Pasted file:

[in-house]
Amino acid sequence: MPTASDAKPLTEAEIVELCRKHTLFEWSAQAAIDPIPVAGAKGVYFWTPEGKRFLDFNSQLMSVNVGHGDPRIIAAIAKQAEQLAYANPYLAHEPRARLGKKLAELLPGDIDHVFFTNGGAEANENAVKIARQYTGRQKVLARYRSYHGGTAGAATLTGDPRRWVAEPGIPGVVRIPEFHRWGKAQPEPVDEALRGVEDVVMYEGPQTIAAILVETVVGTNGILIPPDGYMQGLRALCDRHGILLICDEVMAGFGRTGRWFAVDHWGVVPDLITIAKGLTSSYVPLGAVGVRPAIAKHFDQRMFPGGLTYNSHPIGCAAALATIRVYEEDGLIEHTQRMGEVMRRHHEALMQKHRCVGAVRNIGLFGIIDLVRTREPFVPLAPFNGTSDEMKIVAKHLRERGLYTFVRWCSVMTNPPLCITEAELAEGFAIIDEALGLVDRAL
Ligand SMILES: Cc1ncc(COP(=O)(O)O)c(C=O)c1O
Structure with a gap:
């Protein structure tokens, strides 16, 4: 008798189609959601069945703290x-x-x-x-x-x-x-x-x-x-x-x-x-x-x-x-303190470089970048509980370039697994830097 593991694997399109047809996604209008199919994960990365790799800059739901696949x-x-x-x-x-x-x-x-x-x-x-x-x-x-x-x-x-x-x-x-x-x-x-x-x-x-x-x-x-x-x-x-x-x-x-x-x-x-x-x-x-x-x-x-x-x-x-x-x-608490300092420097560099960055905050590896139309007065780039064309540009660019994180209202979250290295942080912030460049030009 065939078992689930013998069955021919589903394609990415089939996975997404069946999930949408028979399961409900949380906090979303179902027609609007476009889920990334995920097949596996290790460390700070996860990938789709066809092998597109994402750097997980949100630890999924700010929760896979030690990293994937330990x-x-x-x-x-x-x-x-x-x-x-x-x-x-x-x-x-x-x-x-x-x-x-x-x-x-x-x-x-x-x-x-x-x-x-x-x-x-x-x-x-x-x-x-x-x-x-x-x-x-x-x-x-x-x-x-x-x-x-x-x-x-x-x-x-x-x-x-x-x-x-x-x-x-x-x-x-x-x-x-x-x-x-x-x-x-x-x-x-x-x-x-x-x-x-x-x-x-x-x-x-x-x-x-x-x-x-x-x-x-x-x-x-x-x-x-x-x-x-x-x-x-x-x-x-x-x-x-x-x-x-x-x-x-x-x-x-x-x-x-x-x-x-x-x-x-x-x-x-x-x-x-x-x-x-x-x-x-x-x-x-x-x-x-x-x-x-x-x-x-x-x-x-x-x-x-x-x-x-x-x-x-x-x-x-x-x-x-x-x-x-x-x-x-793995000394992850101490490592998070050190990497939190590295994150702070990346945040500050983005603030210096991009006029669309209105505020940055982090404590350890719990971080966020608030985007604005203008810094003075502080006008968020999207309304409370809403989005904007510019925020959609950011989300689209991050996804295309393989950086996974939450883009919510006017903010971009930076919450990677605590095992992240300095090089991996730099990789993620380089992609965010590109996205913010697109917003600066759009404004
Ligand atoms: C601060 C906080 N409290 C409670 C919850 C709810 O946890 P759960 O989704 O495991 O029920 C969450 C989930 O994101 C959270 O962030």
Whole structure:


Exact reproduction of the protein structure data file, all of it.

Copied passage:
[in-house]
Amino acid sequence: MPTASDAKPLTEAEIVELCRKHTLFEWSAQAAIDPIPVAGAKGVYFWTPEGKRFLDFNSQLMSVNVGHGDPRIIAAIAKQAEQLAYANPYLAHEPRARLGKKLAELLPGDIDHVFFTNGGAEANENAVKIARQYTGRQKVLARYRSYHGGTAGAATLTGDPRRWVAEPGIPGVVRIPEFHRWGKAQPEPVDEALRGVEDVVMYEGPQTIAAILVETVVGTNGILIPPDGYMQGLRALCDRHGILLICDEVMAGFGRTGRWFAVDHWGVVPDLITIAKGLTSSYVPLGAVGVRPAIAKHFDQRMFPGGLTYNSHPIGCAAALATIRVYEEDGLIEHTQRMGEVMRRHHEALMQKHRCVGAVRNIGLFGIIDLVRTREPFVPLAPFNGTSDEMKIVAKHLRERGLYTFVRWCSVMTNPPLCITEAELAEGFAIIDEALGLVDRAL
Ligand SMILES: Cc1ncc(COP(=O)(O)O)c(C=O)c1O
Structure with a gap:
């Protein structure tokens, strides 16, 4: 008798189609959601069945703290x-x-x-x-x-x-x-x-x-x-x-x-x-x-x-x-303190470089970048509980370039697994830097 593991694997399109047809996604209008199919994960990365790799800059739901696949x-x-x-x-x-x-x-x-x-x-x-x-x-x-x-x-x-x-x-x-x-x-x-x-x-x-x-x-x-x-x-x-x-x-x-x-x-x-x-x-x-x-x-x-x-x-x-x-x-608490300092420097560099960055905050590896139309007065780039064309540009660019994180209202979250290295942080912030460049030009 065939078992689930013998069955021919589903394609990415089939996975997404069946999930949408028979399961409900949380906090979303179902027609609007476009889920990334995920097949596996290790460390700070996860990938789709066809092998597109994402750097997980949100630890999924700010929760896979030690990293994937330990x-x-x-x-x-x-x-x-x-x-x-x-x-x-x-x-x-x-x-x-x-x-x-x-x-x-x-x-x-x-x-x-x-x-x-x-x-x-x-x-x-x-x-x-x-x-x-x-x-x-x-x-x-x-x-x-x-x-x-x-x-x-x-x-x-x-x-x-x-x-x-x-x-x-x-x-x-x-x-x-x-x-x-x-x-x-x-x-x-x-x-x-x-x-x-x-x-x-x-x-x-x-x-x-x-x-x-x-x-x-x-x-x-x-x-x-x-x-x-x-x-x-x-x-x-x-x-x-x-x-x-x-x-x-x-x-x-x-x-x-x-x-x-x-x-x-x-x-x-x-x-x-x-x-x-x-x-x-x-x-x-x-x-x-x-x-x-x-x-x-x-x-x-x-x-x-x-x-x-x-x-x-x-x-x-x-x-x-x-x-x-x-x-x-793995000394992850101490490592998070050190990497939190590295994150702070990346945040500050983005603030210096991009006029669309209105505020940055982090404590350890719990971080966020608030985007604005203008810094003075502080006008968020999207309304409370809403989005904007510019925020959609950011989300689209991050996804295309393989950086996974939450883009919510006017903010971009930076919450990677605590095992992240300095090089991996730099990789993620380089992609965010590109996205913010697109917003600066759009404004
Ligand atoms: C601060 C906080 N409290 C409670 C919850 C709810 O946890 P759960 O989704 O495991 O029920 C969450 C989930 O994101 C959270 O962030």
Whole structure: